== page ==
When we reviewed the new Ryzen 5 3600 we had plenty of positive things to say about it, and that was comparing it to the more expensive Core i5-9600K. Now against the 9400F, the cheapest 9th-gen Core i5 processor you can buy at $150. Budget-minded builders may be considering going Intel after all. Does it make sense?
Today we're testing a monitor, but it's not the usual sort of monitor review. Rather, we're looking at a laptop display because it's super interesting - it's one of the few OLED laptop screens going around, and from testing this display we can learn a lot about how OLED might be suited to PC displays and how it compares to the LCD panels we've been using for a while now.
When we compared AMD's Ryzen 9 3900X gaming head to head against the Core i9-9900K we found that the 12-core AMD processor was about 6% slower. We've been requested by readers to retest the 3900X with SMT disabled, essentially turning the 12-core, 24-thread CPU into a 12-core, 12-thread CPU. Many say this can significantly improve gaming performance... but why?
It used to be that buying a new laptop every few years was more or less necessary just to keep up with the large leaps in processing power. Now those generational performance jumps are smaller, however there are good reasons to look into new laptops to replace your two- to five-year-old unit that go beyond performance alone.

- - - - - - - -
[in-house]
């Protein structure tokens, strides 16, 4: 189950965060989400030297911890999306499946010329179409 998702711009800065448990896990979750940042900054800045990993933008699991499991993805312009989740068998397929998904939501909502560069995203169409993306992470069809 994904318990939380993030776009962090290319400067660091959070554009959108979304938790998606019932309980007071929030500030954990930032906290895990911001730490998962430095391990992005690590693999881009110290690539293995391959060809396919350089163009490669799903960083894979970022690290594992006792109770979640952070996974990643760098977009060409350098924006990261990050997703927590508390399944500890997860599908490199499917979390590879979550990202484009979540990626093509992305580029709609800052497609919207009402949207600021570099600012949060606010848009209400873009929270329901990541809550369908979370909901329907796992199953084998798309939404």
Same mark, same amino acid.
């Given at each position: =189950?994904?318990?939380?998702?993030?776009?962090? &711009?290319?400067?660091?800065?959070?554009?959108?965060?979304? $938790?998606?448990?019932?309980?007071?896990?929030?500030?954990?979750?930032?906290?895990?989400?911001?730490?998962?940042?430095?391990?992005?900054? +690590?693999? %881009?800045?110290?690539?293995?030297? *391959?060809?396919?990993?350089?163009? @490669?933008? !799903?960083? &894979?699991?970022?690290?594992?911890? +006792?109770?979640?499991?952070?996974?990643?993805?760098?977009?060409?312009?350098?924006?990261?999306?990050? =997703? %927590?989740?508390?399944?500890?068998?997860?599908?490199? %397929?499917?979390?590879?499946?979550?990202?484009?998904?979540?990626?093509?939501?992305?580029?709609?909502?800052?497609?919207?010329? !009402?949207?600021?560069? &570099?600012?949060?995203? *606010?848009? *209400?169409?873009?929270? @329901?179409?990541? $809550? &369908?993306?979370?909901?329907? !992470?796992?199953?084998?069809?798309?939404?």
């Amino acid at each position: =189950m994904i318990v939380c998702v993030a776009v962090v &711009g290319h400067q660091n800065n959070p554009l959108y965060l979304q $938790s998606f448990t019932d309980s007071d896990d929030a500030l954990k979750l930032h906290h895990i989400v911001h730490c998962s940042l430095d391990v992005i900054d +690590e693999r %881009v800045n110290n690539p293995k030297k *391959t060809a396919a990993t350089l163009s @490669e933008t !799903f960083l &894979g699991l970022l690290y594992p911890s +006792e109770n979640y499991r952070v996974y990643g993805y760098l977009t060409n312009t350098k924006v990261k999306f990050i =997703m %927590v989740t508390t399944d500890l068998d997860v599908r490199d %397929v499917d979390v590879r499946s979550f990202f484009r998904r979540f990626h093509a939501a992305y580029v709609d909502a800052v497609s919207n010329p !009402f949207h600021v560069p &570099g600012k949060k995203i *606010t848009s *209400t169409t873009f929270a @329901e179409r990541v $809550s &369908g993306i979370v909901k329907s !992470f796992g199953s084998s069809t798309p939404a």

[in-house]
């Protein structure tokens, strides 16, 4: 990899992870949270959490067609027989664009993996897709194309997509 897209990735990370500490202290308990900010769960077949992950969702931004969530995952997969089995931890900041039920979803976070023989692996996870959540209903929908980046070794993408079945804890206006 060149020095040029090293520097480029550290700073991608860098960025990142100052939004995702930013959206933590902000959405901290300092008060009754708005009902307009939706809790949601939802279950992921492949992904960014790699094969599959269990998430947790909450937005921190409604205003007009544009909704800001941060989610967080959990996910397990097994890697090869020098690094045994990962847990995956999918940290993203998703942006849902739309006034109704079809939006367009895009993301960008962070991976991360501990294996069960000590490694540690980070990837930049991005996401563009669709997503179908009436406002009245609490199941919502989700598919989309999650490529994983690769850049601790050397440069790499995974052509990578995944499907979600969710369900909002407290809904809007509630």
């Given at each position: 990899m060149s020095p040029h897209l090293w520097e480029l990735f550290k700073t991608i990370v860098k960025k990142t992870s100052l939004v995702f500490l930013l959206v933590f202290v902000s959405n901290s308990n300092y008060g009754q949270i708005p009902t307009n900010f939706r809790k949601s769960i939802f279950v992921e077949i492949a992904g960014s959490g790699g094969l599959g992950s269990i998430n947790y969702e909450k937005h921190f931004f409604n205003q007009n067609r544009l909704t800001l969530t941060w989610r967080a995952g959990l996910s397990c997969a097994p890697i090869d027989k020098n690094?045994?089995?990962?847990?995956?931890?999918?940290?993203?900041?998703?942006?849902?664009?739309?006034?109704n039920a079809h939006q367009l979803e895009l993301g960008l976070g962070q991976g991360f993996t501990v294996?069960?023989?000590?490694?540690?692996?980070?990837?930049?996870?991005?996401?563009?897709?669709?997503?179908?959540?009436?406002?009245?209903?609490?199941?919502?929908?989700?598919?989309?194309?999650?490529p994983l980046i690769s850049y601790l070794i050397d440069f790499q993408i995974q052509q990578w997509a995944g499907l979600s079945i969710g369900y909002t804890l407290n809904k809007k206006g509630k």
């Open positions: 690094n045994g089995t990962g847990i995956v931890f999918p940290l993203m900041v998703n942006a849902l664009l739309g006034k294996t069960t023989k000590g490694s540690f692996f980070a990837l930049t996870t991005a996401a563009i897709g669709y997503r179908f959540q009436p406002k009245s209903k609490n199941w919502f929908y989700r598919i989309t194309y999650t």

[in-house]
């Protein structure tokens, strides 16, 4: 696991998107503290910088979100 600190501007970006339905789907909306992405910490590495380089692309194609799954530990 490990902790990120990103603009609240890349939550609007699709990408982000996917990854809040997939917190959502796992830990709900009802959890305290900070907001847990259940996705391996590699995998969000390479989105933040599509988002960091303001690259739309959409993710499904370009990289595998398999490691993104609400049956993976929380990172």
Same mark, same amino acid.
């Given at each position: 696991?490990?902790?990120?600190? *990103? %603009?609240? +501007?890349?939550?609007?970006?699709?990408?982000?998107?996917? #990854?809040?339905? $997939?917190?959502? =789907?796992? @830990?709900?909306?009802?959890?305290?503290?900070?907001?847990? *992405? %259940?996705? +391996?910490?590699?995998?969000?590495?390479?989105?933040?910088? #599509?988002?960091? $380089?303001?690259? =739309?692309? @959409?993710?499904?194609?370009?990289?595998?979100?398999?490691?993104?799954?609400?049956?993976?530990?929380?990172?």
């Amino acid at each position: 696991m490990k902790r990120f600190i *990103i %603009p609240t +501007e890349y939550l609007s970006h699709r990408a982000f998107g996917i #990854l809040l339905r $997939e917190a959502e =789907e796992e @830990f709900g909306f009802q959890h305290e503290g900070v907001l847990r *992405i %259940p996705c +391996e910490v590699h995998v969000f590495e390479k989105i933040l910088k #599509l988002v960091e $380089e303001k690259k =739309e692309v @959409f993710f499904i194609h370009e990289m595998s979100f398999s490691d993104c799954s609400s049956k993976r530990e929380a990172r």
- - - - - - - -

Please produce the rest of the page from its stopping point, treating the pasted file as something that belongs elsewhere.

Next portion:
After testing AMD's new Radeon Image Sharpening feature for Navi GPUs, we've gone back for even more testing. We're now comparing RIS with other sharpening options including Nvidia Freestyle and two popular filters available in Reshade.
After testing the AMD's new Radeon 5700 GPUs and Nvidia's RTX Super answer, we are particularly happy about the value offered by the latest Radeons. The $400 5700 XT is very attractive at its designated price point, but what if we pushed the hardware to its limits with some liquid cooling action?
We have the final piece in Nvidia's Super puzzle. Coming in at the same $700 price point, the new GeForce RTX 2080 Super offers some performance increases, though we suspect nothing too dramatic considering that Nvidia doesn't need to cannibalize sales of the 2080 Ti, nor does it have any direct competition at this price point.
We were among the first to review the Ryzen 5 3600 and at $200 we found the 6-core, 12-thread processor a crankin' good deal. In short, it murders the 9600K in core-heavy productivity benchmarks and was right there for the gaming tests. But without question the most popular question we received afterwards was: should you buy the Ryzen 5 3600 or the 3600X?
As part of the big Zen 2 Ryzen processor launch, AMD released two Ryzen 3000 parts that include a graphics component. The new Ryzen 3 3200G and Ryzen 5 3400G APUs are straightforward upgrades compared to the models they replace, starting at $99 and $149 respectively.
A battle that needs no further introduction, we're pitting the new Ryzen 9 3900X head to head against the Core i9-9900K in 36 games. There's loads of results to go over and this article is solely focused on PC gaming performance.
Expanding upon all the testing we performed in our day-one 3rd-gen Ryzen coverage, today we'll be running a clock-for-clock comparison benchmark. IPC can be a good indicator of a processor's architecture efficiency, so we're pitting the new Ryzen 3900X and 3700X against Intel's Core i9-9900K.